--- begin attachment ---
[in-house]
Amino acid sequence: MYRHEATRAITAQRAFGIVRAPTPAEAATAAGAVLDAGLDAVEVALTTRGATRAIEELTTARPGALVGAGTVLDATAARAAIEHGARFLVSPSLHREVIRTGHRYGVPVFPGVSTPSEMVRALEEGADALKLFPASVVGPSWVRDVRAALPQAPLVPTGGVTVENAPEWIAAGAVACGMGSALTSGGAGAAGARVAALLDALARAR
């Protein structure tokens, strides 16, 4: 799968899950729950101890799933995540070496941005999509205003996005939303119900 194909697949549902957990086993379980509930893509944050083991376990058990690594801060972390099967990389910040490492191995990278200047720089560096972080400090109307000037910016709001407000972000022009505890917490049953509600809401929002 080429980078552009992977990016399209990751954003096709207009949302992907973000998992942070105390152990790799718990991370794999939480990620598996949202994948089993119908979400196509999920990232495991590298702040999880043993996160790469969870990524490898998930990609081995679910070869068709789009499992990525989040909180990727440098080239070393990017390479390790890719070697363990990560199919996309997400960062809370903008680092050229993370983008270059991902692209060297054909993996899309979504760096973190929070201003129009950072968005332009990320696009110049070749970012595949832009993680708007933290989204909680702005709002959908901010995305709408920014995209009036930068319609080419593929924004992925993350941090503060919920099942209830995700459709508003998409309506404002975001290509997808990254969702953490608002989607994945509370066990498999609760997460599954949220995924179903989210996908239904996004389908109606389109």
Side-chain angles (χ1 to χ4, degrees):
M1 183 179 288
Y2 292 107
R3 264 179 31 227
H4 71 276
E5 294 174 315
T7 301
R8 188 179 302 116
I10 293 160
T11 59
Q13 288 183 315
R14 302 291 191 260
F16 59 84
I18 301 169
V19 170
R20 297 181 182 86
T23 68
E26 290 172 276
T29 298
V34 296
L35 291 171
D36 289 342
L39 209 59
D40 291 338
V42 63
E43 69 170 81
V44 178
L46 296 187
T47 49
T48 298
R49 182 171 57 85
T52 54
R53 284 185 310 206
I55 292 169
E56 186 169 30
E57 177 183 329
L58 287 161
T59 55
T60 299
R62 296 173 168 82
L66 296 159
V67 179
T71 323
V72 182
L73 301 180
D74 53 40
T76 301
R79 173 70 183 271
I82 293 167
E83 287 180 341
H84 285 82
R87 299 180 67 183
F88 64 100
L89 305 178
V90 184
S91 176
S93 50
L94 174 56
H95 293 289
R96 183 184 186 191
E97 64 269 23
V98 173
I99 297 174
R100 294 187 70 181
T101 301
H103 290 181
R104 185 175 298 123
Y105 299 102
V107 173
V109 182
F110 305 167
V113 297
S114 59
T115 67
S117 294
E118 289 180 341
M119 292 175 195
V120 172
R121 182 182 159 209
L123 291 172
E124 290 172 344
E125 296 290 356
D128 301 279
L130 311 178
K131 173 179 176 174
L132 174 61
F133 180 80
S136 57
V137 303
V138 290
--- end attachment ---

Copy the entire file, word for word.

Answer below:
[in-house]
Amino acid sequence: MYRHEATRAITAQRAFGIVRAPTPAEAATAAGAVLDAGLDAVEVALTTRGATRAIEELTTARPGALVGAGTVLDATAARAAIEHGARFLVSPSLHREVIRTGHRYGVPVFPGVSTPSEMVRALEEGADALKLFPASVVGPSWVRDVRAALPQAPLVPTGGVTVENAPEWIAAGAVACGMGSALTSGGAGAAGARVAALLDALARAR
């Protein structure tokens, strides 16, 4: 799968899950729950101890799933995540070496941005999509205003996005939303119900 194909697949549902957990086993379980509930893509944050083991376990058990690594801060972390099967990389910040490492191995990278200047720089560096972080400090109307000037910016709001407000972000022009505890917490049953509600809401929002 080429980078552009992977990016399209990751954003096709207009949302992907973000998992942070105390152990790799718990991370794999939480990620598996949202994948089993119908979400196509999920990232495991590298702040999880043993996160790469969870990524490898998930990609081995679910070869068709789009499992990525989040909180990727440098080239070393990017390479390790890719070697363990990560199919996309997400960062809370903008680092050229993370983008270059991902692209060297054909993996899309979504760096973190929070201003129009950072968005332009990320696009110049070749970012595949832009993680708007933290989204909680702005709002959908901010995305709408920014995209009036930068319609080419593929924004992925993350941090503060919920099942209830995700459709508003998409309506404002975001290509997808990254969702953490608002989607994945509370066990498999609760997460599954949220995924179903989210996908239904996004389908109606389109």
Side-chain angles (χ1 to χ4, degrees):
M1 183 179 288
Y2 292 107
R3 264 179 31 227
H4 71 276
E5 294 174 315
T7 301
R8 188 179 302 116
I10 293 160
T11 59
Q13 288 183 315
R14 302 291 191 260
F16 59 84
I18 301 169
V19 170
R20 297 181 182 86
T23 68
E26 290 172 276
T29 298
V34 296
L35 291 171
D36 289 342
L39 209 59
D40 291 338
V42 63
E43 69 170 81
V44 178
L46 296 187
T47 49
T48 298
R49 182 171 57 85
T52 54
R53 284 185 310 206
I55 292 169
E56 186 169 30
E57 177 183 329
L58 287 161
T59 55
T60 299
R62 296 173 168 82
L66 296 159
V67 179
T71 323
V72 182
L73 301 180
D74 53 40
T76 301
R79 173 70 183 271
I82 293 167
E83 287 180 341
H84 285 82
R87 299 180 67 183
F88 64 100
L89 305 178
V90 184
S91 176
S93 50
L94 174 56
H95 293 289
R96 183 184 186 191
E97 64 269 23
V98 173
I99 297 174
R100 294 187 70 181
T101 301
H103 290 181
R104 185 175 298 123
Y105 299 102
V107 173
V109 182
F110 305 167
V113 297
S114 59
T115 67
S117 294
E118 289 180 341
M119 292 175 195
V120 172
R121 182 182 159 209
L123 291 172
E124 290 172 344
E125 296 290 356
D128 301 279
L130 311 178
K131 173 179 176 174
L132 174 61
F133 180 80
S136 57
V137 303
V138 290